A mother and daughter who paramedics said “should not be alive” after what they went through during the condo tower collapse are on the long road to recovery, a relative said Friday.
But the husband and father who lived with them remained among the missing after crews shifted their search and rescue efforts this week to a recovery operation.
Angela and Edgar Gonzalez were on the ninth floor of Champlain Towers South with their daughter Deven, 16, when it collapsed June 24 in the early morning. Another daughter was not home at the time.
“In the middle of the night, my daughter woke up because she heard a strange noise, and when she woke up, the building was shaking,” said Angela Gonzalez's mother, Kathleen Gonzalez.
“She started screaming for them to get up and get out, and she just ran with her daughter, pulled her daughter by her arm, when they got out the front door, they didn't even go five feet, and it fell down to one floor below,” she said.
Angela and Deven were separated, and as Deven screamed for her mother, Angela “crawled over and put her body on top of my granddaughter and they fell again all the way down to the third floor,” Gonzalez said.
She said paramedics and fire department workers have visited them several times and told them “they should not be alive" after what they went through.
Gonzalez said Angela’s pelvis was smashed and she suffered a collapsed lung, injuries to her spine and needed hip surgery.
“She was literally crushed, and it's just amazing that she's sitting up in the bed today,” she said.
Deven will be going to a physical rehabilitation center and will still need a year or two to fully recover, she said.
Her granddaughter’s femur was broken and a piece of metal pierced her skull.
In addition to the physical trauma that Angela and Deven are enduring, they and the rest of the family are struggling with the emotional pain of Edgar Gonzalez being missing for the last 15 days and counting.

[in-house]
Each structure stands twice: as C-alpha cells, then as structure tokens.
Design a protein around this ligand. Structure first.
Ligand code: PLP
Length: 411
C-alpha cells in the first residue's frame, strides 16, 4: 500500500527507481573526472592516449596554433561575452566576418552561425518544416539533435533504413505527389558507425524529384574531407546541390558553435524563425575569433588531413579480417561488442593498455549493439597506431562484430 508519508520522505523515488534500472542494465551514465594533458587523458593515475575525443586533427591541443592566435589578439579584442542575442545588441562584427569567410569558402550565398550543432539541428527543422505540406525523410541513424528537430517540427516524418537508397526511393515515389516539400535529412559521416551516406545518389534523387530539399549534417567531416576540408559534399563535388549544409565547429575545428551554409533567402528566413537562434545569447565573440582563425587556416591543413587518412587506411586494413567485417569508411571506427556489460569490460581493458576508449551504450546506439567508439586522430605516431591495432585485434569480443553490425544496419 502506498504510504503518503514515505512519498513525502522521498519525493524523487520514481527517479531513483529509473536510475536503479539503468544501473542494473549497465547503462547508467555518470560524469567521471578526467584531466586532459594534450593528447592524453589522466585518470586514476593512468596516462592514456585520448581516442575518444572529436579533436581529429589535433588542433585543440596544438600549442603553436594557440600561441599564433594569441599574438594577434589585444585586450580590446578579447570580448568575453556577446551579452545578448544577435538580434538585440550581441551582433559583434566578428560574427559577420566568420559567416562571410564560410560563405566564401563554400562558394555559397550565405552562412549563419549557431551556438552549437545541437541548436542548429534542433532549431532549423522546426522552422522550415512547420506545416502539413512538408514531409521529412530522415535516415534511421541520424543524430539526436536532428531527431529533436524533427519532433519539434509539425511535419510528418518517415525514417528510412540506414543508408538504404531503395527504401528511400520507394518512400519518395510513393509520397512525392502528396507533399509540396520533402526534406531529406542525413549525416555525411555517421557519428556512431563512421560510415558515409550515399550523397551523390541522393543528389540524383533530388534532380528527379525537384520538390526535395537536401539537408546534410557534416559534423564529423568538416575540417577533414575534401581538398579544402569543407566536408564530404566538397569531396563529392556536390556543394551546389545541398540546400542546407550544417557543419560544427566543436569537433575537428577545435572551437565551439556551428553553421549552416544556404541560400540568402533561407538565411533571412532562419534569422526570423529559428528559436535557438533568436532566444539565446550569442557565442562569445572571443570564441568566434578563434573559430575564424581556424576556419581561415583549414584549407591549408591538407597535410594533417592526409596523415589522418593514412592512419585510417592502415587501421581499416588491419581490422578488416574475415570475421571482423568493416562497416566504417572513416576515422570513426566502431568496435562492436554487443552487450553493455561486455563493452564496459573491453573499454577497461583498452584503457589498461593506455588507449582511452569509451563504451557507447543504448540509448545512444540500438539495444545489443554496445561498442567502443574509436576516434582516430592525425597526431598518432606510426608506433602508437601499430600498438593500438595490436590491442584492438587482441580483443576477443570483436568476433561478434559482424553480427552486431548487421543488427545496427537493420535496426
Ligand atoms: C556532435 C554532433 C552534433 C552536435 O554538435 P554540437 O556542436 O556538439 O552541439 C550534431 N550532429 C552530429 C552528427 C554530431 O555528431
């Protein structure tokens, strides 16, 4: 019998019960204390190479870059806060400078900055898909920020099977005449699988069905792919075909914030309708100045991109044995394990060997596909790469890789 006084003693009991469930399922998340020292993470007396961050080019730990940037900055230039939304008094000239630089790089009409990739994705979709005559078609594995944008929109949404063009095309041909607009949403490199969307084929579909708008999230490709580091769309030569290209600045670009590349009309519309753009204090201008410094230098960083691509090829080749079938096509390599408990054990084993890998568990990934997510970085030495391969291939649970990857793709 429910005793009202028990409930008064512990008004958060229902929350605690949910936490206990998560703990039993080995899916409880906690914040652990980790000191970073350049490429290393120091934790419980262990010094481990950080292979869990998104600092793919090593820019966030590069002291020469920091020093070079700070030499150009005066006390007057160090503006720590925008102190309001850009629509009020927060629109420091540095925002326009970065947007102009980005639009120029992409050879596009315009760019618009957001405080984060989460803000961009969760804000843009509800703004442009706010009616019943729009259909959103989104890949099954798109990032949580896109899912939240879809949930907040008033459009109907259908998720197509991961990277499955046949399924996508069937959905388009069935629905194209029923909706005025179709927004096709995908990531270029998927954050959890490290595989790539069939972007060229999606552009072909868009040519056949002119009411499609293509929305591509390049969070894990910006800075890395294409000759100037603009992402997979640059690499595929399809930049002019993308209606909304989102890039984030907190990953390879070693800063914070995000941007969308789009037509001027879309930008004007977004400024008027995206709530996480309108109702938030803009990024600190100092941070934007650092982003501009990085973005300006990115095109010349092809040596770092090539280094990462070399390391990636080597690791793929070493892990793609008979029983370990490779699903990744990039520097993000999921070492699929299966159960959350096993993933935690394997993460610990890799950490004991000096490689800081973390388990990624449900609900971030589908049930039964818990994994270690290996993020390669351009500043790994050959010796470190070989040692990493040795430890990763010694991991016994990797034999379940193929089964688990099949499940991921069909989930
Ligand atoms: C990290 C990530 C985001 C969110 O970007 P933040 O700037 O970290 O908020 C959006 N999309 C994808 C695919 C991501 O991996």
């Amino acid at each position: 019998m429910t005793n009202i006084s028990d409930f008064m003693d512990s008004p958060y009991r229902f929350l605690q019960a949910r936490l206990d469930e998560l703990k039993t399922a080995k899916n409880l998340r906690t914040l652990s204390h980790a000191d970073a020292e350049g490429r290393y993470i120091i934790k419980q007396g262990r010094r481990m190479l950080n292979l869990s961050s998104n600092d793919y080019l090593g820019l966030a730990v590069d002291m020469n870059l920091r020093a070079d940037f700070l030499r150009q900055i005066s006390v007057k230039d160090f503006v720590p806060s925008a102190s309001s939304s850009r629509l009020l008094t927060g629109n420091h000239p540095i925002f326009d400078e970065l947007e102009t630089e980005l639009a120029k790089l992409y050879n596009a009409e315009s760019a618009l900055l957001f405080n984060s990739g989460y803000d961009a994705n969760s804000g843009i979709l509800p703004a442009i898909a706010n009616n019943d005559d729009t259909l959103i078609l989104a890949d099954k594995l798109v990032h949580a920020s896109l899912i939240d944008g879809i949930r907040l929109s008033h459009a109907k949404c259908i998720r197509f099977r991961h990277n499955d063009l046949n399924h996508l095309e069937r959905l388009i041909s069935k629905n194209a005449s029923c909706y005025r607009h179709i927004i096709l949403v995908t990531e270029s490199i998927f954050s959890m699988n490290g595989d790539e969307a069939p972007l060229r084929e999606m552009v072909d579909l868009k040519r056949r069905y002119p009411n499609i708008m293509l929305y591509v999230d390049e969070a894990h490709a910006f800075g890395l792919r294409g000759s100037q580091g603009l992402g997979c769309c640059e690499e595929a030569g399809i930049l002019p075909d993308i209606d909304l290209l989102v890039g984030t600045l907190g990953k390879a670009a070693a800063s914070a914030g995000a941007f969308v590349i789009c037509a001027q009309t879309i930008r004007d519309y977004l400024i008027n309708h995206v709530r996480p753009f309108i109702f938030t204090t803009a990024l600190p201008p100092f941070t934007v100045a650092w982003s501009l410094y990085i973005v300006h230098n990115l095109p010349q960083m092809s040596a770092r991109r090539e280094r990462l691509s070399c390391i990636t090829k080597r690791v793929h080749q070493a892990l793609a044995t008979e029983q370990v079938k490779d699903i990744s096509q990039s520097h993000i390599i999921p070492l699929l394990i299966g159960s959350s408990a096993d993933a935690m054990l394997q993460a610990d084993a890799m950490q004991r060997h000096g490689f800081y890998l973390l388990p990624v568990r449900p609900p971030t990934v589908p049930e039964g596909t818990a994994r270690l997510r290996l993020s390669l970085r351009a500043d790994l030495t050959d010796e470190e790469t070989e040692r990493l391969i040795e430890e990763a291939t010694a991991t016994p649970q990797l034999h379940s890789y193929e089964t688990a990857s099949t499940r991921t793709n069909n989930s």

All they can do is wait, but they had a minister with them when they gathered with other family members to share the devastating news that the search had moved into recovery mode.
Gonzalez said the family had been living in the building for about 15 years and would host large family gatherings there for Thanksgiving and Christmas.
“I mean, it just freaks me out. I could have lost 25 family members, you know, had this happened during the holidays,” she said.
Gonzalez has been staying at the Sextant Stays, where a hospitality company is providing free temporary housing, food and other items to families and survivors in Sunny Isles Beach.
“It’s been amazing," Gonzalez said. "It literally left me open just to focus on them and go back and forth to the hospital.”
KC Holmes, an employee who has been helping families at Sextant Stays, said they have tried to give everyone “a safe space” to stay and make them feel welcome.
“I think what’s been the most difficult part is watching the sorrow, the pain, the loss,” she said. “I pray with them.” Amid all the darkness, there was one ray of light: Their family cat, Binx, was found alive and “without a scratch on it,” Gonzalez said.
On Friday, the death toll stood at 79."This is a staggering and heartbreaking number that affects all of us very deeply," said Miami-Dade County Mayor Daniella Levine Cava at a news conference.
Miami-Dade police said Friday that among the victims identified were Vishal Patel, 42, and his wife, Bhavna, 38. Their 1-year-old daughter, Aishani, remains missing. Relatives said Bhavna Patel was five months pregnant.
Gita Patel, Vishal’s aunt, who has also been staying at Sextant Stays, said earlier this week the family wanted to focus on “keeping the good memories with us.”
Those memories included Aishani’s recent birthday and finally getting to meet her after the pandemic kept members of the family apart. The little girl played with the family members she was meeting for the first time.
“She’s a beautiful baby,” Patel said. “We really had good times.”
This story first appeared on NBCNews.com.